In some embodiments, including the illustrated embodiment shown in FIG. 4, the elongate body 25 may include a ramp 90. As will be discussed in greater detail below, the ramp 90 preferably facilitates the expansion of the linkage 12. In some embodiments, a roller 92 (FIG. 3) may be disposed at the second end 62 b of the push link 62 such that the second end 62 b of the push link 62 can roll up the ramp 90 during expansion of the linkage 12. Operation of the eccentric linkage gripper will be discussed in greater detail below.

The ELG gripper 10, as shown in FIG. 4, also comprises an engagement or sliding surface section 86. In some embodiments, including the illustrated embodiment, the sliding section 86 is located on a side of the elongate body 25 opposite the linkage 12. In other words, one side of the ELG gripper 10 grips or propels the gripper 10 via linkage 12 and the side opposite the linkage 12 defines an engagement or sliding surface section 86 that slides or rolls along an interior surface defining a bore hole. Desirably, the sliding section 86 provides a substantially smooth surface that can slide along the interior surface of the formation or casing in response to a gripping force exerted by the linkage 12 and the power section 220, as will be discussed in further detail below. The sliding section 86 may be integrated into the elongate body 25 or may be a separate component. In some embodiments, the sliding section 86 may also comprise one or more wheels that can roll along the interior surface defining a bore hole in response to a gripping force exerted by the linkage 12. In some embodiments, including the illustrated embodiment, desirably the side of the gripper 10 comprising the linkage 12 is actively propelling and gripping the interior surface defining the bore hole and the opposite side of the gripper 10 comprising the sliding section 86 is passively translating along the interior surface defining the bore hole. The sliding section 86 is preferably a smooth surface able to translate along, above, and/or through any debris that along the interior surface defining the bore hole. In some embodiments, including the illustrated embodiment shown in FIG. 7A, at least two points 87 and 88 define a line of movement along which the gripper 10 translates along the interior surface 98 defining the bore hole. Preferably, at least three points 87, 88, and 89 define a three points of contact between the gripper 10 and the interior surface 98 defining the bore hole such that the gripper 10 does not rotate from side to side while translating along the interior surface 98 defining the bore hole.

With reference to FIG. 2, and as further described below, in certain embodiments, the gripper 10 can include power section or actuator 220 to actuate the grip assembly between a collapsed state and an expanded state. In some embodiments, the power section 220 can comprise hydraulically-actuated piston 222—in-a-cylinder 230. A piston force generated within the cylinder 230 of the ELG gripper 10 may advantageously start the gripper expansion process. As discussed in greater detail below, this force can desirably be conveyed through piston rod 224 to thrust the lower link connector 50 axially towards the load link 80. In some embodiments, such as the embodiment shown in FIG. 3, a roller 92 attached to the push link 62 can extend up an expansion surface such as defined by the ramp 90. This expansion surface can exert an expansion force on the link connection, which in turn exerts an expansion force on an inner surface of a formation or casing that the linkage is in contact with. As discussed in greater detail below, at greater expansion diameters, the links of the linkage 12 can depart the expansion surface.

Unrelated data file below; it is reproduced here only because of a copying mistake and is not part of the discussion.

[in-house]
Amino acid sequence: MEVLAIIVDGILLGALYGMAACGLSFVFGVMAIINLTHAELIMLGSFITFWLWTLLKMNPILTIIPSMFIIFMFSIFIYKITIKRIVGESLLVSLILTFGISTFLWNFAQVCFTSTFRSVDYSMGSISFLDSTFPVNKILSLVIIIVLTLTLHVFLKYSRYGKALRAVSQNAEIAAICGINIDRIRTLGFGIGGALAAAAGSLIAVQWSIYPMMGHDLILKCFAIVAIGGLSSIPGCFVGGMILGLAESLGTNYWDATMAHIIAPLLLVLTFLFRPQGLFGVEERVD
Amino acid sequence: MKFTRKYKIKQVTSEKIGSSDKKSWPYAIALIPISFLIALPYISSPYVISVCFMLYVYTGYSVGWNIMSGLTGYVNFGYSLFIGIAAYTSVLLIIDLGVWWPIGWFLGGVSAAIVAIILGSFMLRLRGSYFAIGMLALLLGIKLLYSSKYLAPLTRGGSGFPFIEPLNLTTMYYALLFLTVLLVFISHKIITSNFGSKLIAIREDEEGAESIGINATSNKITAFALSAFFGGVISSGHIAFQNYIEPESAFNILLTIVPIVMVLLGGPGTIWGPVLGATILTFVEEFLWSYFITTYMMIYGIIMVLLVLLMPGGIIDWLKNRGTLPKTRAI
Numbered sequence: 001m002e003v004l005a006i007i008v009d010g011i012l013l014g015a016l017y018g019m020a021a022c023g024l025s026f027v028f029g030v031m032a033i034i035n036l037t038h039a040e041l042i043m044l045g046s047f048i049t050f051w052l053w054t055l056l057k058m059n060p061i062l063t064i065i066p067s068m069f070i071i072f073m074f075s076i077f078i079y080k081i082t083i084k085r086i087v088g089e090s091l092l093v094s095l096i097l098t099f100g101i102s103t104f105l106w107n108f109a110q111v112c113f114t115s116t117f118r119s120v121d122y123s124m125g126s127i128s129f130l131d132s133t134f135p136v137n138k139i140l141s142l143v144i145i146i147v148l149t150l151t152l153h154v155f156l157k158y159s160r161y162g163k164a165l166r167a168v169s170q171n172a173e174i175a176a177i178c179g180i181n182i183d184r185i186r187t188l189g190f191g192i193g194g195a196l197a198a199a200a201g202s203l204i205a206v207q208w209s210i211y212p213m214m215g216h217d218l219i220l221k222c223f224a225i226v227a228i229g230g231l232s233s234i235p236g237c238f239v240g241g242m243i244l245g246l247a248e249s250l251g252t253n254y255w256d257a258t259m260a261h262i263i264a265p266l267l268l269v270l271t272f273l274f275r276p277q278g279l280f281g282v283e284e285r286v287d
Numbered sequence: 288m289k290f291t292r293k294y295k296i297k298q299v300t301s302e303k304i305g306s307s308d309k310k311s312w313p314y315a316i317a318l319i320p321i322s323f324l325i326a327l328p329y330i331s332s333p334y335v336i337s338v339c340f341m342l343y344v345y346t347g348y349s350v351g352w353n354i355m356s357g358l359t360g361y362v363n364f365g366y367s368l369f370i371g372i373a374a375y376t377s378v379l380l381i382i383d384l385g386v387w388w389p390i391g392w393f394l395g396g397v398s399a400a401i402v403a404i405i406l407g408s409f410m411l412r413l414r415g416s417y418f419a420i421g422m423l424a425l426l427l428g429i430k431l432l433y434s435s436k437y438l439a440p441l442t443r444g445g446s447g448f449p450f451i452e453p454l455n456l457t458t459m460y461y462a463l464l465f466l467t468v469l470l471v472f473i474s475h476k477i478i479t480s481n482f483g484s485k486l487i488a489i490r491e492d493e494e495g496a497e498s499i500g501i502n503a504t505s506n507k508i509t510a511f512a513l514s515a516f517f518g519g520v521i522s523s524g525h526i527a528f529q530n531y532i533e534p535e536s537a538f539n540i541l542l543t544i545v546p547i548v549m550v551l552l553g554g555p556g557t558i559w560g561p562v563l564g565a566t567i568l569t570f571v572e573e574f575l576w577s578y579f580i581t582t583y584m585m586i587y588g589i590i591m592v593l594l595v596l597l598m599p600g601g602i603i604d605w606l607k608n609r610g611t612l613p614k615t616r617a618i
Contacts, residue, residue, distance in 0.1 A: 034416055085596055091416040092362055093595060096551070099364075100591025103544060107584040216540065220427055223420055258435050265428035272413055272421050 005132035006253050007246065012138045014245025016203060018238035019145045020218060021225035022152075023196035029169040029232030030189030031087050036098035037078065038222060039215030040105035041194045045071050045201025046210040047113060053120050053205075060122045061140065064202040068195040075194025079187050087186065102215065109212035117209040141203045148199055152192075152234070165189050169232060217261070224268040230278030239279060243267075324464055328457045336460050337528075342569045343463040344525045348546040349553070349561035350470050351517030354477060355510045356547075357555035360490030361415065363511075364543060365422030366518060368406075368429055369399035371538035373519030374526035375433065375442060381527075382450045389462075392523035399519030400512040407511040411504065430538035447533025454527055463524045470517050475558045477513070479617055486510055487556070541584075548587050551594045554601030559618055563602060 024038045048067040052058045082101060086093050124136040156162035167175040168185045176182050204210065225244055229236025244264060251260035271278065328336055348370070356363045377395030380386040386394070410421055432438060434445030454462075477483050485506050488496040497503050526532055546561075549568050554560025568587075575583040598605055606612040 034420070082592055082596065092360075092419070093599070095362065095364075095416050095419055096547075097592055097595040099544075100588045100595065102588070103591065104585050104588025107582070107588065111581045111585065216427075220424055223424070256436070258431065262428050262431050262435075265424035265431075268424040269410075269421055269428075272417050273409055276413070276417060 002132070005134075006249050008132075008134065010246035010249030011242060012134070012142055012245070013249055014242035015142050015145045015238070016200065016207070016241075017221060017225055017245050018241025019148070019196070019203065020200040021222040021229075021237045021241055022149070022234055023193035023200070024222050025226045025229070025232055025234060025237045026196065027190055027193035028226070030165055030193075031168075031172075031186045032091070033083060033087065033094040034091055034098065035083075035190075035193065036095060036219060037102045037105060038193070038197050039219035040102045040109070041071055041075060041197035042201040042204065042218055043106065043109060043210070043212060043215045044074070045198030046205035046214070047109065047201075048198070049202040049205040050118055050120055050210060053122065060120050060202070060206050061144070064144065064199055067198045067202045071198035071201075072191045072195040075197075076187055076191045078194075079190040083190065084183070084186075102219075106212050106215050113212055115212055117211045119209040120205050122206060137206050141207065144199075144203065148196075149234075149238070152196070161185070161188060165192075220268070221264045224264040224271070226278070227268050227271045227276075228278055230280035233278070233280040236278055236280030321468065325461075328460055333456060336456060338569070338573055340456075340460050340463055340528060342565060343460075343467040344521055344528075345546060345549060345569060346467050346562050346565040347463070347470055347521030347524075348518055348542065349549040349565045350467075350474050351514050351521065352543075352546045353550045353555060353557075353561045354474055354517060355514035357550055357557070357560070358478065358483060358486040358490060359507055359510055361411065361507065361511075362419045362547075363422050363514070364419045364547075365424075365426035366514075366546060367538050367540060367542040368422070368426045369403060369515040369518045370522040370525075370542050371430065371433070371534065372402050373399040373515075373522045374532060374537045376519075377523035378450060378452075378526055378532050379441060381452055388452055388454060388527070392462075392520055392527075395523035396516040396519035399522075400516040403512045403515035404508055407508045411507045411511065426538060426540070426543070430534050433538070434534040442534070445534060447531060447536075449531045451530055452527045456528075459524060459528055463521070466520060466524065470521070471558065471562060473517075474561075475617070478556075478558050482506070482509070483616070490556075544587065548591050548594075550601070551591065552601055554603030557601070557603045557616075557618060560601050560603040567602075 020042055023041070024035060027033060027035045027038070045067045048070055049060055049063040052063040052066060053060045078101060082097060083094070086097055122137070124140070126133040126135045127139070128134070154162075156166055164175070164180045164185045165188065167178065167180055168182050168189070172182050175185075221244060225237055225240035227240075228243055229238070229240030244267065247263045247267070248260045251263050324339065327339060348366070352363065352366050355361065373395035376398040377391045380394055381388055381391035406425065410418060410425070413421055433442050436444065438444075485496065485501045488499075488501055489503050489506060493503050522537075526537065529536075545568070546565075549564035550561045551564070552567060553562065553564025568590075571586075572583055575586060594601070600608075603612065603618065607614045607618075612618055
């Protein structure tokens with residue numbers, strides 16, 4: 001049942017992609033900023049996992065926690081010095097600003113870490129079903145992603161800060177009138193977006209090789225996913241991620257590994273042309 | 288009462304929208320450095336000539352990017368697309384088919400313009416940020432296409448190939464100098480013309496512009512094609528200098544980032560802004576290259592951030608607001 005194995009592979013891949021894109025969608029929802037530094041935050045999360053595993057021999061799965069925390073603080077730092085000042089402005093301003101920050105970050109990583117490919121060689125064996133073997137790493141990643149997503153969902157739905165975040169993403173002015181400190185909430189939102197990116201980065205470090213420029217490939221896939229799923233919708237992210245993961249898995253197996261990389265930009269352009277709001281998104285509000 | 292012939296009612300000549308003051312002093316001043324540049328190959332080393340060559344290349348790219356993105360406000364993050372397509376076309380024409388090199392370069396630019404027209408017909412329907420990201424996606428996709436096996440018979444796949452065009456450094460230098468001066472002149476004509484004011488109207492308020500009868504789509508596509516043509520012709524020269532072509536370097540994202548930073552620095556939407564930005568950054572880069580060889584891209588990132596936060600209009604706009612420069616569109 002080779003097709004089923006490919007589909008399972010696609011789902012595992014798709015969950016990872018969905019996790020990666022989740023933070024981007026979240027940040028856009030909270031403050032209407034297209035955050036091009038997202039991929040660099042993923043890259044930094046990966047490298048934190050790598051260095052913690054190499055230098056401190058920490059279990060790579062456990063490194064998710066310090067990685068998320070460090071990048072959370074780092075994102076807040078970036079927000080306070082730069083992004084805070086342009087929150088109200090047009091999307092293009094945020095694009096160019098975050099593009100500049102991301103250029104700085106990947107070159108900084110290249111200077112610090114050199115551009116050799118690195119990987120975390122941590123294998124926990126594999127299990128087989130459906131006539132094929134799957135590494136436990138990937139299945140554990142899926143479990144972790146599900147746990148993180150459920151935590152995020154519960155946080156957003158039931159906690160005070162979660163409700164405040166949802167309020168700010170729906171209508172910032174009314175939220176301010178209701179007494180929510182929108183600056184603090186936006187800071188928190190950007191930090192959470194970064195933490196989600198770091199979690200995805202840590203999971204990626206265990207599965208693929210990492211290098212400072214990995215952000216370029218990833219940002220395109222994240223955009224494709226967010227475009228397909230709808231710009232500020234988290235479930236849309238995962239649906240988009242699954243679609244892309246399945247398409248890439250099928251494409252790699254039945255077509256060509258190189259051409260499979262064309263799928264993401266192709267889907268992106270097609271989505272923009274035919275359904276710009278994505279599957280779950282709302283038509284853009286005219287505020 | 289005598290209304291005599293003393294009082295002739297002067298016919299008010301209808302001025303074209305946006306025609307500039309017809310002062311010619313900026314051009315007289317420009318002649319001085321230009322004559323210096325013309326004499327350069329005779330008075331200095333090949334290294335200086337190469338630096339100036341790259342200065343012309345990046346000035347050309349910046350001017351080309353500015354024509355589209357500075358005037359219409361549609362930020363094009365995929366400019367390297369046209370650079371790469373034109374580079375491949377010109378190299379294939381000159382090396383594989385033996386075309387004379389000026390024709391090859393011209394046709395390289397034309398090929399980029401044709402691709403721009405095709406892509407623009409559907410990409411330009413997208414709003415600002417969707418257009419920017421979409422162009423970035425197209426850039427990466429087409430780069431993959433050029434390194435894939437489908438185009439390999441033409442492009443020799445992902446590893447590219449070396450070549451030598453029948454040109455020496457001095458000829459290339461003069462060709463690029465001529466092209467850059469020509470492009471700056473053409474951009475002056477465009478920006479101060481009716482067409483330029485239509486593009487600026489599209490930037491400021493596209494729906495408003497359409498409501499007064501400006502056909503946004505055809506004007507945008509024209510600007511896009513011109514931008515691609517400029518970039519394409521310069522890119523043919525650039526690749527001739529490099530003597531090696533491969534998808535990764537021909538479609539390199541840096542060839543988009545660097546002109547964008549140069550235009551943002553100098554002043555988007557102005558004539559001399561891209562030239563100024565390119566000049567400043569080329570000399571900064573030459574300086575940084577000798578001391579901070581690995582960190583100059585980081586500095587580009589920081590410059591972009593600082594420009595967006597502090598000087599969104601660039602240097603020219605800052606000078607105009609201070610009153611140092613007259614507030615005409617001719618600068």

Additionally, the entire specification of U.S. Pat. No. 7,748,476, entitled “VARIABLE LINKAGE GRIPPER,” including the drawings and claims, is incorporated hereby by reference in its entirety and made a part of this specification.

With respect to FIG. 2, a cross-sectional view of an embodiment of actuator 220 of the ELG gripper 10 is illustrated. In the illustrated embodiment, the actuator 220 comprises a single acting, spring return hydraulically powered cylinder. Preferably, a single hydraulic source actuates the actuator 220. Desirably, hydraulic fluid will flow from a single hydraulic source into the piston actuating the linkage. Thus, in the illustrated embodiment, the piston 222 can be longitudinally displaced within the cylinder 230 by a pressurized fluid acting on the piston 222. Pressurized fluid media is delivered between a gripper connector 232 and the piston 222. The fluid media acts upon an outer diameter of the mandrel 234 and an internal diameter of the gripper cylinder 230, creating a piston force. Referring to FIG. 2, the piston force acts upon the piston 222 with enough force to axially deform a return spring 226. The piston 222 is connected to a piston rod 224 which acts on the lower link connector 50. The piston 222 can continue axial displacement with respect to the mandrel 234 with an increase in pressure of the supplied fluid until an interference surface 238 defining a stroke limiting feature of the piston rod 224 makes contact with a linkage support 240.

In other embodiments, the actuator 220 can comprise other types of actuators such as dual acting piston/cylinder assemblies or an electric motor. The actuator 220 can create a force (either from pressure in hydraulic fluid or electrically-induced rotation) and convey it to the expandable gripping section 14. In other embodiments, the expandable gripping section 14 can be configured differently such that the gripping section 14 can have a different expansion profile.